“Who hasn’t dreamt, at some point, of filling a pool full of jello and swimming in it?” the description for the game The Floor Is Jelly asks. While I’ve never had that thought, it does seem interesting: what if the world was made out of a more malleable or differently consistent material, something that was softer or bouncier or slippery or some other property? The Floor Is Jelly is a game that plays with this idea providing an entire mini-universe for you to jump around and explore as you solve various puzzles.
PANES are a fairly new London based band that there isn’t much known about yet. But! They must be pretty good if they’ve been able to tap fellow Brit and PAN label dude Lee Gamble for a remix. Gamble is of the current crop of electronic experimenters who are doing fantastic things with sound that bend in both the very abstract and rhythmic directions. 2013′s Dutch Tvashar Plumes is an excellent example of this. His work with PANES sees their otherwise Bass-y, trippy London pop sound scaled back to its bare ghostly center. That means in a very Gamble way removing the original’s vocals, all dynamism, and leaving the song as a minimized hum.
Juliana Futter is a London based illustrator whose work is a bit difficult to describe. The style is understandable as they are colorful and often rippling images you may see in yourself, in your home, or in history. The subjects are a bit difficult to articulate as she doesn’t necessarily work on “just one thing.” She isn’t obsessed with a small animal or certain type of food but instead mashes together the the body with life, specifically from Classic eras.
Sharon Louden is a well respected and very talented artist who does a bit of everything. She’s taught at several universities over the past twenty years and has shown all over the world. Most recently, she’s edited a book of essays about artists making and living called Living and Sustaining A Creative Life. Through forty essays from forty different artists, you get a look at how creatives work and how they are able to propel themselves forward within often amorphous creative fields. It’s a very real, very honest peek into the world of artists.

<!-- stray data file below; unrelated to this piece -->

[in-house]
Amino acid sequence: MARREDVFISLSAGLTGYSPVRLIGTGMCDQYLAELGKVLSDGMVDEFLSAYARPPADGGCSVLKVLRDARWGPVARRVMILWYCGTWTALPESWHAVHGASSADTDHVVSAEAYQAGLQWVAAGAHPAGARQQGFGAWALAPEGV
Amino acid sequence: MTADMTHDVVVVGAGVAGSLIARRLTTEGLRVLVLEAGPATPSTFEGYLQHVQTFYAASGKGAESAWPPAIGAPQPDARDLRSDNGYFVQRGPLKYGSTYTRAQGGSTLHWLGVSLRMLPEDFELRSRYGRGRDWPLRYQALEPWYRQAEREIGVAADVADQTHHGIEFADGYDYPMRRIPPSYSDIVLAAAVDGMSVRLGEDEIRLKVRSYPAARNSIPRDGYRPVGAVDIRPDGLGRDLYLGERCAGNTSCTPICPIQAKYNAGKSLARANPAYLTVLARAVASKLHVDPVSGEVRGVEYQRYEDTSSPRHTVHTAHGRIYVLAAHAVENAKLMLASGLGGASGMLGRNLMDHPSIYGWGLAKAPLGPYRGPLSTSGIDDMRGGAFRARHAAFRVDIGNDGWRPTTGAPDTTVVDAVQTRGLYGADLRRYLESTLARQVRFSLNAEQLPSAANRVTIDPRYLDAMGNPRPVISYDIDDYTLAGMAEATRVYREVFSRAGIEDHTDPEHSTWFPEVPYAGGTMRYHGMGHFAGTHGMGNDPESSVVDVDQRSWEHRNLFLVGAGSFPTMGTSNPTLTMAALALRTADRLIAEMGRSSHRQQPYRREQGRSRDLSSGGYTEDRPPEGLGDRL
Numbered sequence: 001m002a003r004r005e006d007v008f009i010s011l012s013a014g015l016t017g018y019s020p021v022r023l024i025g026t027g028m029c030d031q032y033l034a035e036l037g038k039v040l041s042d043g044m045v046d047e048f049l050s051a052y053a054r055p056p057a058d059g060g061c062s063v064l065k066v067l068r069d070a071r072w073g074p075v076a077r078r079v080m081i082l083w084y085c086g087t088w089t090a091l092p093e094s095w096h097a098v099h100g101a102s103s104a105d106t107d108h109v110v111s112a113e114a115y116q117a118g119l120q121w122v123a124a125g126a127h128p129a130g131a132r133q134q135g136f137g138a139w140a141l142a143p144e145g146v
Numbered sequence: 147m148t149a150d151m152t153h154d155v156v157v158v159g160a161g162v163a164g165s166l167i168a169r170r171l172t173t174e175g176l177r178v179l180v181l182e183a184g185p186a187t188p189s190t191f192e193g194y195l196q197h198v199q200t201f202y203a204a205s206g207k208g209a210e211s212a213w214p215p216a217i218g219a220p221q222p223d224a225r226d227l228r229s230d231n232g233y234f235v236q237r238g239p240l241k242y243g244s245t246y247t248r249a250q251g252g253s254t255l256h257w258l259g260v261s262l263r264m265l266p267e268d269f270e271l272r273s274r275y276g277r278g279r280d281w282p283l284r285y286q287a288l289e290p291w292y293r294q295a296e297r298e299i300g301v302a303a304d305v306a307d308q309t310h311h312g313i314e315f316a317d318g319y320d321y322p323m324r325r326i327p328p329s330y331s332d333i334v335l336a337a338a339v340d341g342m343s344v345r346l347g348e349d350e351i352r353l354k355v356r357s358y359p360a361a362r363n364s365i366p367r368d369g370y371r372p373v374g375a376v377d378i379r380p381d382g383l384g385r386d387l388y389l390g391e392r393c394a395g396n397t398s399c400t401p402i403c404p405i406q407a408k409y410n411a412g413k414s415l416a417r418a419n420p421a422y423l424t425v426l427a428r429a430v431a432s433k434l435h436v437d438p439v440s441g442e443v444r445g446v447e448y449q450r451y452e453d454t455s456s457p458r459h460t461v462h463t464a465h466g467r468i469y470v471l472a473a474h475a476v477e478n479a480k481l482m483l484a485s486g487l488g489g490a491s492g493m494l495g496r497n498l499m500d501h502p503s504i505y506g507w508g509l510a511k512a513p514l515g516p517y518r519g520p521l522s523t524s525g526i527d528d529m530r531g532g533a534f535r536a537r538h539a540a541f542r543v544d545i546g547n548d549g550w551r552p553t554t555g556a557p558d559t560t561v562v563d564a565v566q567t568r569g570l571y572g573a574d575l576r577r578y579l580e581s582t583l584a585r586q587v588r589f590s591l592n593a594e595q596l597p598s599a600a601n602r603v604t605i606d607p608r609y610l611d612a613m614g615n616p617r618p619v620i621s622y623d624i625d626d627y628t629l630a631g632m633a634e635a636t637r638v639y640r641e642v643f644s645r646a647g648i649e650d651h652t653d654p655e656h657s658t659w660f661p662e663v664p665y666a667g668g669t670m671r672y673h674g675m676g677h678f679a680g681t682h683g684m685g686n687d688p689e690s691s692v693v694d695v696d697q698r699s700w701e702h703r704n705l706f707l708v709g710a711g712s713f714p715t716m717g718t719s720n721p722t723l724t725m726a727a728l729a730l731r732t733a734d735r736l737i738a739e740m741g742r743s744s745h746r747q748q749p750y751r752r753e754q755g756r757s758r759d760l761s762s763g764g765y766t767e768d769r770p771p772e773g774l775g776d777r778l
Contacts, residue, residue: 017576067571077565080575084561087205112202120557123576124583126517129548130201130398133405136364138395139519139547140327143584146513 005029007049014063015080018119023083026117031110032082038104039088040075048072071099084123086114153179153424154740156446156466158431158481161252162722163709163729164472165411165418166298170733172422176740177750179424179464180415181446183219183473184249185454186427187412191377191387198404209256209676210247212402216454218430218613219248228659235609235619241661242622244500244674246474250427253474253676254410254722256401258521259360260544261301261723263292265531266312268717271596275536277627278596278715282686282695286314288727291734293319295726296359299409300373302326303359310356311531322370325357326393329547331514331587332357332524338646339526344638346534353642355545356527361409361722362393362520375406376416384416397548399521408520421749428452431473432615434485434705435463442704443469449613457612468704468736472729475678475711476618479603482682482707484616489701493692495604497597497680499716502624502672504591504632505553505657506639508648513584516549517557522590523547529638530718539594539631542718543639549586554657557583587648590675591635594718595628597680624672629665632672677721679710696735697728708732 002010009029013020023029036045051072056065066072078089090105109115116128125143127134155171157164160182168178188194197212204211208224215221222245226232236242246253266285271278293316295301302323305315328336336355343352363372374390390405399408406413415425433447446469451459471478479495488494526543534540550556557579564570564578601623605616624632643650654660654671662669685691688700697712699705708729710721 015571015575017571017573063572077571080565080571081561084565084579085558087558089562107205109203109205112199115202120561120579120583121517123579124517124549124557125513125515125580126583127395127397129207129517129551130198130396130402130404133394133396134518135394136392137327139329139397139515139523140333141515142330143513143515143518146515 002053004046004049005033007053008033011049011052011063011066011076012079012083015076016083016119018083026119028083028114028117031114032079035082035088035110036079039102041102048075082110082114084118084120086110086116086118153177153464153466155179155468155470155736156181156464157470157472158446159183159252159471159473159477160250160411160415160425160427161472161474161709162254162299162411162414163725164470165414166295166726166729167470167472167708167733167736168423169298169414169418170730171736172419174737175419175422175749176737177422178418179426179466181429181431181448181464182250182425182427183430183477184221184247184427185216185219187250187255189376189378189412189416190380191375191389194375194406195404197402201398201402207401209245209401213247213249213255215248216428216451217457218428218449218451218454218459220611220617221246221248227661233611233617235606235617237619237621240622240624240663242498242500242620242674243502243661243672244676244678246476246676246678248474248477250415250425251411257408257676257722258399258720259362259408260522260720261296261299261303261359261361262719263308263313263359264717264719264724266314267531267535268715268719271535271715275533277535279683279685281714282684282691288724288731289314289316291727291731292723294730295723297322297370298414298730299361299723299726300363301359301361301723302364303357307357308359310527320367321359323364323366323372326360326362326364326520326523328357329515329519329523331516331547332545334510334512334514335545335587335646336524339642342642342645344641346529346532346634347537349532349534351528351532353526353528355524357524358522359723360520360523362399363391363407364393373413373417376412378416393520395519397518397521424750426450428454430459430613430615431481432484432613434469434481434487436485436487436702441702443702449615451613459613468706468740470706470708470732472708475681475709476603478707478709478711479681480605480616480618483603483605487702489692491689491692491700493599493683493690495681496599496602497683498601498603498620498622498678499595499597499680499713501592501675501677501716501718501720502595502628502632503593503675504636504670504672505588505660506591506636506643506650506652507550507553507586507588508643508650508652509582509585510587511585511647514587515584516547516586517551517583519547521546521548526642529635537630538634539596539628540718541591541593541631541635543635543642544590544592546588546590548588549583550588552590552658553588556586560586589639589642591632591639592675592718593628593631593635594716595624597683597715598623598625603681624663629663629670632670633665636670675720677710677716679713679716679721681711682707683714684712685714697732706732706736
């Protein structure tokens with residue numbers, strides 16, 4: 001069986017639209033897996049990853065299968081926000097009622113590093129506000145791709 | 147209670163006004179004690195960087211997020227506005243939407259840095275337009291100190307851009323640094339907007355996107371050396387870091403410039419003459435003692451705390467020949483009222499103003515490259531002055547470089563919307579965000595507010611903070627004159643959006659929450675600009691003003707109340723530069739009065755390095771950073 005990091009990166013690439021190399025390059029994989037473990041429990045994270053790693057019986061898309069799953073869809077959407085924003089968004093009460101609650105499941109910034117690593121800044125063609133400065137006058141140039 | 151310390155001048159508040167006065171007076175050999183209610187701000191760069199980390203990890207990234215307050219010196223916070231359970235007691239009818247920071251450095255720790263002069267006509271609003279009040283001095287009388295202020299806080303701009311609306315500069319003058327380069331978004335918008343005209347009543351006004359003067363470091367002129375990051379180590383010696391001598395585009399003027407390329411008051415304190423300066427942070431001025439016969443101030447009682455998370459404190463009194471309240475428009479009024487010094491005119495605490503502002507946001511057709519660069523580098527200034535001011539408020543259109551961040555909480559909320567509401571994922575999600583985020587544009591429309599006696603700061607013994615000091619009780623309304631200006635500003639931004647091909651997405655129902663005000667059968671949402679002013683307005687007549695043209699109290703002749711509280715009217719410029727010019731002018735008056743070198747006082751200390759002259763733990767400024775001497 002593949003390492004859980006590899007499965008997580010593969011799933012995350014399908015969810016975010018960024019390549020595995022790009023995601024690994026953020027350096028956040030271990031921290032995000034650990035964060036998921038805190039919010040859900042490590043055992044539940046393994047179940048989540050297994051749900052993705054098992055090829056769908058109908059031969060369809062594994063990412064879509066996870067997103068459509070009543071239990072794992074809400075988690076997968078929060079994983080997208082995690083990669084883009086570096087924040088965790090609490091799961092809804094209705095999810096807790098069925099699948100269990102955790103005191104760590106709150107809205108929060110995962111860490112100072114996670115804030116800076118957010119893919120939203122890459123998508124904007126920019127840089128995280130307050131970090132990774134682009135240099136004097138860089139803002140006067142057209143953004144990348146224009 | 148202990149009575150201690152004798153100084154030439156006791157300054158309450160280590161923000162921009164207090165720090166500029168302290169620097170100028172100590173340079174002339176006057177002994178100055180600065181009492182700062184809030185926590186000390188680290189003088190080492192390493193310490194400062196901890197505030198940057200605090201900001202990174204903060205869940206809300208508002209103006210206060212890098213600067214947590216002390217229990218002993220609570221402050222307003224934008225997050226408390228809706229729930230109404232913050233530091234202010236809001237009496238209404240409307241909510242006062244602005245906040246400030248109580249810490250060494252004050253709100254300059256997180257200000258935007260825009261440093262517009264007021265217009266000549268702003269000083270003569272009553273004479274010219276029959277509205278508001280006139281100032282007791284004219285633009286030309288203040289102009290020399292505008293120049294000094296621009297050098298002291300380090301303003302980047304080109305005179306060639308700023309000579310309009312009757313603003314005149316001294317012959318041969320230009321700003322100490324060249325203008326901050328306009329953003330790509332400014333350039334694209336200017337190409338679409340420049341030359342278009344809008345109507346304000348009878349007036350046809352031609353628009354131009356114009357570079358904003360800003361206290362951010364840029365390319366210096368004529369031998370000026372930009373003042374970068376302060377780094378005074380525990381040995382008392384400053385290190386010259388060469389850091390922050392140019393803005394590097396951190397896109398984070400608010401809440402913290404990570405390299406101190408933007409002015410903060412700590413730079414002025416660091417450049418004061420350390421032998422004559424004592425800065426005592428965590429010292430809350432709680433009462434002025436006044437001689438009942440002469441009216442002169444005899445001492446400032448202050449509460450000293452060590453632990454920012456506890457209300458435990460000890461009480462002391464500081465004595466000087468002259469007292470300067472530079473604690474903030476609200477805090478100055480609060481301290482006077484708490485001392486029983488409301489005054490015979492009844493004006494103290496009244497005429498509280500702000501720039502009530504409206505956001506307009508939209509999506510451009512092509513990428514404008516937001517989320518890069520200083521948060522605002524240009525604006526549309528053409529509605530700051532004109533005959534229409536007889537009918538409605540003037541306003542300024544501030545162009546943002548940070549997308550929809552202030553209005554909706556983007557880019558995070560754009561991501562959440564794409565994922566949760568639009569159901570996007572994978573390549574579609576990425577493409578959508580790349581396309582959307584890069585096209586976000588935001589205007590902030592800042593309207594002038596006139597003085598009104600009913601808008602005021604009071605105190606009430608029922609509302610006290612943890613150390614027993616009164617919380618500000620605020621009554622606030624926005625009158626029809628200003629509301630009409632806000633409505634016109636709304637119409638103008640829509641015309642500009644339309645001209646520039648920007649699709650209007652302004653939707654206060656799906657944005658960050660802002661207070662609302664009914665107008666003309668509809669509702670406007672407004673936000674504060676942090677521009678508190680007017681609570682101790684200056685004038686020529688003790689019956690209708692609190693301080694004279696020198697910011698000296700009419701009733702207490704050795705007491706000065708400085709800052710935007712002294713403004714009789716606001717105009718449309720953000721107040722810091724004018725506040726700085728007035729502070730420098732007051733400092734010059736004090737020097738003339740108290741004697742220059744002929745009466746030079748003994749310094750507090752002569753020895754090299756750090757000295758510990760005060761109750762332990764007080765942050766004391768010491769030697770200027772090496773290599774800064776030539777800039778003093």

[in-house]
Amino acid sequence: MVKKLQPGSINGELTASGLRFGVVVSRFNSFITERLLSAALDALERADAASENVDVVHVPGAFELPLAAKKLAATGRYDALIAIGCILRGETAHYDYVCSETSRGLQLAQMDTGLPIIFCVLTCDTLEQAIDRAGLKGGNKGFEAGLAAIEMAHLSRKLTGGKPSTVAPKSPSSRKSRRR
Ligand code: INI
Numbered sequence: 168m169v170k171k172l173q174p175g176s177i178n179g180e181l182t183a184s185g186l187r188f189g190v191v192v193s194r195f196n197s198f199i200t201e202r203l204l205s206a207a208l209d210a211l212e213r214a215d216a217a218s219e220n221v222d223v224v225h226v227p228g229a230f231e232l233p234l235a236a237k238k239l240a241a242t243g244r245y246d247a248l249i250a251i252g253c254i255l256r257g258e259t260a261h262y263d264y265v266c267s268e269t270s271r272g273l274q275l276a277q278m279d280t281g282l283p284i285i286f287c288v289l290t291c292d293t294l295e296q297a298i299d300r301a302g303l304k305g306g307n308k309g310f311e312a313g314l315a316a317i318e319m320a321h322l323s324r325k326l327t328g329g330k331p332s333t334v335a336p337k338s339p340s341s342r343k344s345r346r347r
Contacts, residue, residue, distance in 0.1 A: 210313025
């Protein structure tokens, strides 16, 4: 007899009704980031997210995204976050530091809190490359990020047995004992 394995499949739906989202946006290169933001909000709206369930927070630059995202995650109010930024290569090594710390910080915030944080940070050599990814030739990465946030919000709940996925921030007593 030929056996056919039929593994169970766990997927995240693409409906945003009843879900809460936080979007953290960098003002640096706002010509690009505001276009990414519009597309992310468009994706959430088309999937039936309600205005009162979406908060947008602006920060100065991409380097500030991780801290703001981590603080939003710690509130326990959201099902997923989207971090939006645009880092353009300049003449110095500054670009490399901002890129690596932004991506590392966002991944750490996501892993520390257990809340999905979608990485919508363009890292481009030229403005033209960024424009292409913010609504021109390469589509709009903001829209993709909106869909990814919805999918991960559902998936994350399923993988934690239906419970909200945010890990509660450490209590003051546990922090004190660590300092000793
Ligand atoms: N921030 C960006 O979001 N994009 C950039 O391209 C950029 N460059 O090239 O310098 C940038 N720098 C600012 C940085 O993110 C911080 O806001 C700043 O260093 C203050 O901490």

This relationship to other artists and their practices has also found its way into her work. While she has been busy book touring and getting the project off the ground, she also created a body of work called Community. The works are made from oil and enamel and feature strings of color in very patient settings that easily could be left at being studies of shape. They aren’t, though: they are symbols of all the work she has been doing, explained visually.
Street style photographer Bill Cunningham is a national treasure. He’s an American institution and a style icon in his own right: he deserves to be knighted by Barack Obama for being a beacon of creative inspiration and hope in America. The popular and wildly successful documentary Bill Cunningham New York illustrated his greatness to wider audiences and he certainly has a cult status in and out of the fashion world. To celebrate the photographer and the frenzy of Fashion Week in New York, New York Magazine‘s The Cut tasked eight illustrators with creating homages to Bill. They are sweet dedications from talented adorers that make him look his best and exude his perpetual positivity and quirkiness.